This is an odd talk.
I do think the idea of the “condensor”, as he calls is, is good in princple. I kind of think that GitHub is helping us get closer to that, though, by allowing forks and pull requests, so we can reuse things, instead of having to implement it ourselves.
Maybe there is some interesting way to ust GitHub, or similar things, in order to reduce redundancy? (Perhaps not.)
The important answer to his problem of the size of state space is that it is fractal.
For example, if you look at the typical state space of a program… you have thousands of “String” shaped sub spaces.
So long as you have zero defects in your String methods…. your defects aren’t there.
This is why class invariants are so important.
A class invariant is the shape of the substate space that the class manages.
The class invariant is the set of all states for which your public method operate correctly.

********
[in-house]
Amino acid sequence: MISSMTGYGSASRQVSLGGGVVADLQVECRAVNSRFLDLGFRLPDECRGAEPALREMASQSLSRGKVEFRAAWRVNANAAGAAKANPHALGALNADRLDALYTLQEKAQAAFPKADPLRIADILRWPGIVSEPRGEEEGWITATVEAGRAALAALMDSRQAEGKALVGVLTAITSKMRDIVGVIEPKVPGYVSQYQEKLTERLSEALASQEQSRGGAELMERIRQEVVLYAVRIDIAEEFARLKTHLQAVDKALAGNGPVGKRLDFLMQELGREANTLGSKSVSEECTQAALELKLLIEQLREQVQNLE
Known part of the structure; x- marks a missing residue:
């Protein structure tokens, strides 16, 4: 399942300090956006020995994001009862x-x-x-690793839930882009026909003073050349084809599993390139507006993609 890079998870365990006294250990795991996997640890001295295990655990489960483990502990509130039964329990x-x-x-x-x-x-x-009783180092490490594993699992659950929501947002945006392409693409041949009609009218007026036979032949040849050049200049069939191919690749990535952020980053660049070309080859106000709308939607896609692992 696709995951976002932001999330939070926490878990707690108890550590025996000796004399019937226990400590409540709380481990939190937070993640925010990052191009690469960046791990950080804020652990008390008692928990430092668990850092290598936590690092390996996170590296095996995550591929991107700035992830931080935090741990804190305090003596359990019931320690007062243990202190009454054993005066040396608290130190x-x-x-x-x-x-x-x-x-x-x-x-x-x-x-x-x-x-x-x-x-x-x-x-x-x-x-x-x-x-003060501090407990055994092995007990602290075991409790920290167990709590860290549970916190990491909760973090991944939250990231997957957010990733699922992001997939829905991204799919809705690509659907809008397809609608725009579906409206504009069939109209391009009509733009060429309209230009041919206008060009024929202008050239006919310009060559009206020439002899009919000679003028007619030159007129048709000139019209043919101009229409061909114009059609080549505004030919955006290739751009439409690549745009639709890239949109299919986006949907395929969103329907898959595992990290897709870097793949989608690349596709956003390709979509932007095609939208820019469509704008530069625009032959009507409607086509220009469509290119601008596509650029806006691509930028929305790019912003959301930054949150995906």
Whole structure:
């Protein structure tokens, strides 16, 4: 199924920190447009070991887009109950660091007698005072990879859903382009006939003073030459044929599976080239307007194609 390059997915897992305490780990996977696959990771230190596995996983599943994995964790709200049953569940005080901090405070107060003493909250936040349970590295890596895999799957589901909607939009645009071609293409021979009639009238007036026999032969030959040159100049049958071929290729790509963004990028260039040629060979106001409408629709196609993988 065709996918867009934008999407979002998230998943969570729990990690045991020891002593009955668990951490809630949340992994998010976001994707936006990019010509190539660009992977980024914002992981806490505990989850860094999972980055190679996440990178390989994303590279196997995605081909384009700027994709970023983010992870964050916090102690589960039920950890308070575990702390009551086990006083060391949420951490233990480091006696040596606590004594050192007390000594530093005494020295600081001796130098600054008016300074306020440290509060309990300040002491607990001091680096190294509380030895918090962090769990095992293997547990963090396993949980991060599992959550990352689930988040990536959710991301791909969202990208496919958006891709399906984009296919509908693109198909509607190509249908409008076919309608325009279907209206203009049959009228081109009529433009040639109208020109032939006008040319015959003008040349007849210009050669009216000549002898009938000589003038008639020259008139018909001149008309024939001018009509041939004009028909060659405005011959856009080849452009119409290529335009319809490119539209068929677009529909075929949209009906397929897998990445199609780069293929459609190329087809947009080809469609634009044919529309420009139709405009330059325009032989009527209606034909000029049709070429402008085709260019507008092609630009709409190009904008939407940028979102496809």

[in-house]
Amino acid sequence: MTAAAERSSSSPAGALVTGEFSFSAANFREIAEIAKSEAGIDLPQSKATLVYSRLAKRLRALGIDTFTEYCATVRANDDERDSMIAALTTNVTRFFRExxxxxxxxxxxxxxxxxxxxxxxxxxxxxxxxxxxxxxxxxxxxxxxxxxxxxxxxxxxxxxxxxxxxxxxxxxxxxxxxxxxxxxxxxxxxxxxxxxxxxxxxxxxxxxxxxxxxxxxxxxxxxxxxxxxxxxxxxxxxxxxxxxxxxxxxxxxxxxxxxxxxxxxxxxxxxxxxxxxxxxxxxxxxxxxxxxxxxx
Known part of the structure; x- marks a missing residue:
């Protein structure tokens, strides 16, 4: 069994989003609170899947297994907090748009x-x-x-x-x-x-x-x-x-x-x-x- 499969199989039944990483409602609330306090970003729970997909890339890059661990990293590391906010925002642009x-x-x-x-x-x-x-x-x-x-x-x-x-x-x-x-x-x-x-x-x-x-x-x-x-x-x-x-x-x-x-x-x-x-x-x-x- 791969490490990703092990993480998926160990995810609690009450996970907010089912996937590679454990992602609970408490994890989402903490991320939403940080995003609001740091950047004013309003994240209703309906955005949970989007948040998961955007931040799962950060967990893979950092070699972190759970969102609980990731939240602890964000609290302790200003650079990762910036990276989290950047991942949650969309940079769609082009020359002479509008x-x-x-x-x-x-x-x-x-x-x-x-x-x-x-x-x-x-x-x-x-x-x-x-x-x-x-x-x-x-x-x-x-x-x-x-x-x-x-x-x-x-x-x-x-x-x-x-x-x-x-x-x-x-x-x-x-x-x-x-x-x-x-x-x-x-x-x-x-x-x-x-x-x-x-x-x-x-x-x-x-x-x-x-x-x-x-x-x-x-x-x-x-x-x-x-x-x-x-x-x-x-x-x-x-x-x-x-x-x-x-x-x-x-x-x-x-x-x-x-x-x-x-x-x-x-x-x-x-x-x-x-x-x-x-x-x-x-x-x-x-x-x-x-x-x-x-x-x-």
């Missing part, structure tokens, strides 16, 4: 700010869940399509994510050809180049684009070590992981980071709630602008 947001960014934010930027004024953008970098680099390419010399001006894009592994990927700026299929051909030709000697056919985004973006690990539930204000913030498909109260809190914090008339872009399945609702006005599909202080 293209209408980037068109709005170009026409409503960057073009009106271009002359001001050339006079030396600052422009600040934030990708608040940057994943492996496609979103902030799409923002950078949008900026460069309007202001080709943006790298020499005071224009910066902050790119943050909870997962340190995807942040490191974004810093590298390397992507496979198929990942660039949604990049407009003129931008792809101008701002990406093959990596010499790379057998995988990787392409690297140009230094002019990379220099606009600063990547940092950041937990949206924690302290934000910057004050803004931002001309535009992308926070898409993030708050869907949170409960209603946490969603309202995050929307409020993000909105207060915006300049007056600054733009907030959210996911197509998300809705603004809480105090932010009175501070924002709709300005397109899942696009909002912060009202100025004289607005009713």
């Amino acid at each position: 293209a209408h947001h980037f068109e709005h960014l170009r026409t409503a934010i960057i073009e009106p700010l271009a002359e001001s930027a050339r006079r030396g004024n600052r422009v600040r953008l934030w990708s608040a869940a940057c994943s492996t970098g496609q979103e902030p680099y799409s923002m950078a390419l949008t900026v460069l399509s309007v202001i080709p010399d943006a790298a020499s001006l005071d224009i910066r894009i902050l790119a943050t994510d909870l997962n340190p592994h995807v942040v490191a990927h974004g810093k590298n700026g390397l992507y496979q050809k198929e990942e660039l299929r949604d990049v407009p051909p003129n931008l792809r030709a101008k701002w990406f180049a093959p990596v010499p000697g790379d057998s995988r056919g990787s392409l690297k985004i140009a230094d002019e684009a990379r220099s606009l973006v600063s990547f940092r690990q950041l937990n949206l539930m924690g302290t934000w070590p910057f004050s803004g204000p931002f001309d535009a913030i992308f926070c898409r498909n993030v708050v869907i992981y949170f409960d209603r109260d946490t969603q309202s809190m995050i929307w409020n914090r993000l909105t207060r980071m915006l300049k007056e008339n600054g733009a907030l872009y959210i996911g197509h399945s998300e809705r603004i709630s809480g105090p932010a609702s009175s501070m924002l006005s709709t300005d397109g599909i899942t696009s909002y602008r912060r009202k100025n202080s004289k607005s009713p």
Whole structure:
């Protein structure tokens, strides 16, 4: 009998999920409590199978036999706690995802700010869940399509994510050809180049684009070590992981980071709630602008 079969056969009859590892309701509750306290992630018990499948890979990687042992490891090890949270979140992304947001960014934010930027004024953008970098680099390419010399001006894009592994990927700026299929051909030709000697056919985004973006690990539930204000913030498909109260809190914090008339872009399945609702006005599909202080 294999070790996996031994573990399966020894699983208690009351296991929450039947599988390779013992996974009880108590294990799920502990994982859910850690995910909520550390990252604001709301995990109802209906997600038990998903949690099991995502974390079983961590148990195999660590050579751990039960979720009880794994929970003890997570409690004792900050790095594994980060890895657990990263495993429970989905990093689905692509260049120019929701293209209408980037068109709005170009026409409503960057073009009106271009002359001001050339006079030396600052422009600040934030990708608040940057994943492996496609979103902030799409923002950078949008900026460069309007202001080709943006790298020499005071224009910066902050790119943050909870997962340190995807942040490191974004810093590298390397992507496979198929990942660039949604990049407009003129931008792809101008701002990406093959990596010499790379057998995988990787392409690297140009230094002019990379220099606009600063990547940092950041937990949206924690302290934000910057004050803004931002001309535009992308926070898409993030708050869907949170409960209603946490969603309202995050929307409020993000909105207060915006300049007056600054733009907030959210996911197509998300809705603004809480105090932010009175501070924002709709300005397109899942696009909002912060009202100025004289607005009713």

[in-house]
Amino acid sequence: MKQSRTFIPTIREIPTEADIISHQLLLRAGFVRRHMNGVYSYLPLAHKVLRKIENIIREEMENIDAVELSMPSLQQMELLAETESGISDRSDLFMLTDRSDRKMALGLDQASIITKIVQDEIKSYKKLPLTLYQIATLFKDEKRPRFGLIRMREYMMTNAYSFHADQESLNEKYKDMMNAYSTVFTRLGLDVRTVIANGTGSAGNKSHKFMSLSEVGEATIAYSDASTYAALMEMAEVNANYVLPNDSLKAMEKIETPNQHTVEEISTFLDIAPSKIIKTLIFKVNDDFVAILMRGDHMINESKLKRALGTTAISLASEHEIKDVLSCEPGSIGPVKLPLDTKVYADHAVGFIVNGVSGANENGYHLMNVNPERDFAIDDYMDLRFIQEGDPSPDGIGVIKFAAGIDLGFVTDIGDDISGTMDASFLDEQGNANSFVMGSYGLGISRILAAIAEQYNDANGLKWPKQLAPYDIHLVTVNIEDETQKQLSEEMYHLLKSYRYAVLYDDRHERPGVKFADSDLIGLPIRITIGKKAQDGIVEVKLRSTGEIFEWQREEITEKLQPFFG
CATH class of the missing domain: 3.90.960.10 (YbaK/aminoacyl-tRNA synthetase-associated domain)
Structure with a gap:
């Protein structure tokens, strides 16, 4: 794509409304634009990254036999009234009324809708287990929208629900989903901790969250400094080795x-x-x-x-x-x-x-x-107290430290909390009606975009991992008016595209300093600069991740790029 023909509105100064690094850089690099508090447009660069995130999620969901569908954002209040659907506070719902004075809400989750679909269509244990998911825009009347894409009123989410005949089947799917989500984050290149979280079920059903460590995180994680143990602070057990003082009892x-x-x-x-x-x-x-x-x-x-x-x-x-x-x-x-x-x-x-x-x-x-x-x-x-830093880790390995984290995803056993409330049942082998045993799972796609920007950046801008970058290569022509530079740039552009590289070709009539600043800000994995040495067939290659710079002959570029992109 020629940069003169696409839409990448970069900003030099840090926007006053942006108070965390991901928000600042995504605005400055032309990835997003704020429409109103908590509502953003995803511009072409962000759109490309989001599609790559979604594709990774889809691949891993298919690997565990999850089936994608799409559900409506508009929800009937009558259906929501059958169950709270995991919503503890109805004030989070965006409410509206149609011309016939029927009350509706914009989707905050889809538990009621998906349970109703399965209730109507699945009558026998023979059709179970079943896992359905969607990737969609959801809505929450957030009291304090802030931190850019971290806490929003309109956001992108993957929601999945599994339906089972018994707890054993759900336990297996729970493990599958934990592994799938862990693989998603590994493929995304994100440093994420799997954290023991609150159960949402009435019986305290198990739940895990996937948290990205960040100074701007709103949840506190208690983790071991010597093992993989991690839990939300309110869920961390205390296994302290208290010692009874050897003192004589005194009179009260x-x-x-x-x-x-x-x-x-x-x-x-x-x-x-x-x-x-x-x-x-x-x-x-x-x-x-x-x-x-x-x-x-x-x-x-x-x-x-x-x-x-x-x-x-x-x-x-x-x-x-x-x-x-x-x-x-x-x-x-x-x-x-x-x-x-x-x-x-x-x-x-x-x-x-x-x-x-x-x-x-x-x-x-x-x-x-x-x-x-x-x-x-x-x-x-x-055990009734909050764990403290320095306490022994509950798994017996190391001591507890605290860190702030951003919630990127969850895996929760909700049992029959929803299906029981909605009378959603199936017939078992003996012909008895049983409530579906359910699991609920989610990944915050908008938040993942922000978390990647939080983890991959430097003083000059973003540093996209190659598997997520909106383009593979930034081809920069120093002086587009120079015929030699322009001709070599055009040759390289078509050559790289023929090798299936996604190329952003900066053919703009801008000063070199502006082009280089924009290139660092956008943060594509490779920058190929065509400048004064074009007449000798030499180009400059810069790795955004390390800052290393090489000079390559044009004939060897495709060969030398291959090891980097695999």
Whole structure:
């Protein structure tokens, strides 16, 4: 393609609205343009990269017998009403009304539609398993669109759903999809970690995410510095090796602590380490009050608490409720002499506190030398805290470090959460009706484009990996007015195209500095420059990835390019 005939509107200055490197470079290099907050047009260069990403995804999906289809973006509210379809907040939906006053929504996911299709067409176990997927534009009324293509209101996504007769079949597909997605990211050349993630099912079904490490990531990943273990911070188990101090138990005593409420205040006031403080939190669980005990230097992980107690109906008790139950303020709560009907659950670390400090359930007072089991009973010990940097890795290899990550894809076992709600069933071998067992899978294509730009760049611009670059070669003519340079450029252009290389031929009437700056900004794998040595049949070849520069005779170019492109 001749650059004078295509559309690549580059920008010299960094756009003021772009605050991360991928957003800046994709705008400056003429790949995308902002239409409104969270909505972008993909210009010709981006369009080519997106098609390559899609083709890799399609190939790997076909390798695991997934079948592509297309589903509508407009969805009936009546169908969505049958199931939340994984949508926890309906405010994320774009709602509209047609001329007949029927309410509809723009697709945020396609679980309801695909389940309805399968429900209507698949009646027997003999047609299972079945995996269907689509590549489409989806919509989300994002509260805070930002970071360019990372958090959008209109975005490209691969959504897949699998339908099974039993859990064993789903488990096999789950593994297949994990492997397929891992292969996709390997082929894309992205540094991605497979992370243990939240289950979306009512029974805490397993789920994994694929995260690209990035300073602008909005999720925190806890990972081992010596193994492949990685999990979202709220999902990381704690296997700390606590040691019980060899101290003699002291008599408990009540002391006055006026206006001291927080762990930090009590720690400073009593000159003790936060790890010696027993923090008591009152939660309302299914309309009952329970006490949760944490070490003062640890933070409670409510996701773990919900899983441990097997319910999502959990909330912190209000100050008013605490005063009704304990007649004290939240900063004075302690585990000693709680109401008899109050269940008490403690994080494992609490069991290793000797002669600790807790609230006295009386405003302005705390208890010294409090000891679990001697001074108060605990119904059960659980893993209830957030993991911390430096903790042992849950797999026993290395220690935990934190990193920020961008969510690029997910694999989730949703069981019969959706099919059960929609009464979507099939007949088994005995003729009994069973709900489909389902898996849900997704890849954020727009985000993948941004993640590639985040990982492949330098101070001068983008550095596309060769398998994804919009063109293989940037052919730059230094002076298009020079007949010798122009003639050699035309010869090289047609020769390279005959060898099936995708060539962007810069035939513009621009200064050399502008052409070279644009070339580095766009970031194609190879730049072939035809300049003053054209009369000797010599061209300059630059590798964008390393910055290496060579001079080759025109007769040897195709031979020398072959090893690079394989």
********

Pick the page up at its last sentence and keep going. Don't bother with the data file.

This is why your API matters. If the state space your class manages is fuzzy and leaks and is shared by other classes…. your complexity is hideous.
If your class properly encapsulates it’s state space so there is no way that a client can invoke a method on the class and propagate the object out of the valid region, so there is no way a client and mutate your object into some state where the invariant no longer holds….. then you don’t have to worry about that subspace.
It is “safe”. So all you need to worry about is how you construct large subspaces out of those objects.